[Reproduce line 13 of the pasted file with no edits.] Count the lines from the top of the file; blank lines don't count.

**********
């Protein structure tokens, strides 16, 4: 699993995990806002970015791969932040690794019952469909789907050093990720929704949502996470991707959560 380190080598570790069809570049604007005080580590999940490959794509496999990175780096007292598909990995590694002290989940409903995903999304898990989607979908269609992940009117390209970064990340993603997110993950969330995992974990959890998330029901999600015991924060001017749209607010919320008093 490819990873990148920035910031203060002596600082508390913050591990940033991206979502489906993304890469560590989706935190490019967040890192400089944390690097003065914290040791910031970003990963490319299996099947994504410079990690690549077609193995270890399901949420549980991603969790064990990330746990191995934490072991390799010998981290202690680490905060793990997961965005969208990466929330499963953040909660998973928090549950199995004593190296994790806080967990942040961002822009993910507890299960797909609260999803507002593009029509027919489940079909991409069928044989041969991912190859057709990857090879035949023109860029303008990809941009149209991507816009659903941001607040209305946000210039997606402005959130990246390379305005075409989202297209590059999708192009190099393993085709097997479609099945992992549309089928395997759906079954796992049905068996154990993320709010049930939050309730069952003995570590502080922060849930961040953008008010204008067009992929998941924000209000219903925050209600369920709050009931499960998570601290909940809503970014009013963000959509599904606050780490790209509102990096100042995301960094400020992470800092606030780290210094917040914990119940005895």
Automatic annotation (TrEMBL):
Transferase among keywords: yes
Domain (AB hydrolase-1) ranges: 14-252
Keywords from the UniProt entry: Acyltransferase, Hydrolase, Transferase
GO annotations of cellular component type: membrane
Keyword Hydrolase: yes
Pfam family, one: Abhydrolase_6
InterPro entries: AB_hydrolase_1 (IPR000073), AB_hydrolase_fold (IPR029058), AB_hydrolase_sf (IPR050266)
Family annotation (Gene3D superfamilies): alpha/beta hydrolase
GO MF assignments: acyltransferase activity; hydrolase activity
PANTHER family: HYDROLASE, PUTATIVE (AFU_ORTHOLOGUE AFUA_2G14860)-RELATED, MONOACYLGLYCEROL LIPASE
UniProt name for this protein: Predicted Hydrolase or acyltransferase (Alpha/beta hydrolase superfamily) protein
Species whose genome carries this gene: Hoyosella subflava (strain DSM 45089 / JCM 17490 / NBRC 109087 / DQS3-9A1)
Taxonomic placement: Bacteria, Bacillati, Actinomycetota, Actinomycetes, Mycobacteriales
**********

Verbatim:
UniProt name for this protein: Predicted Hydrolase or acyltransferase (Alpha/beta hydrolase superfamily) protein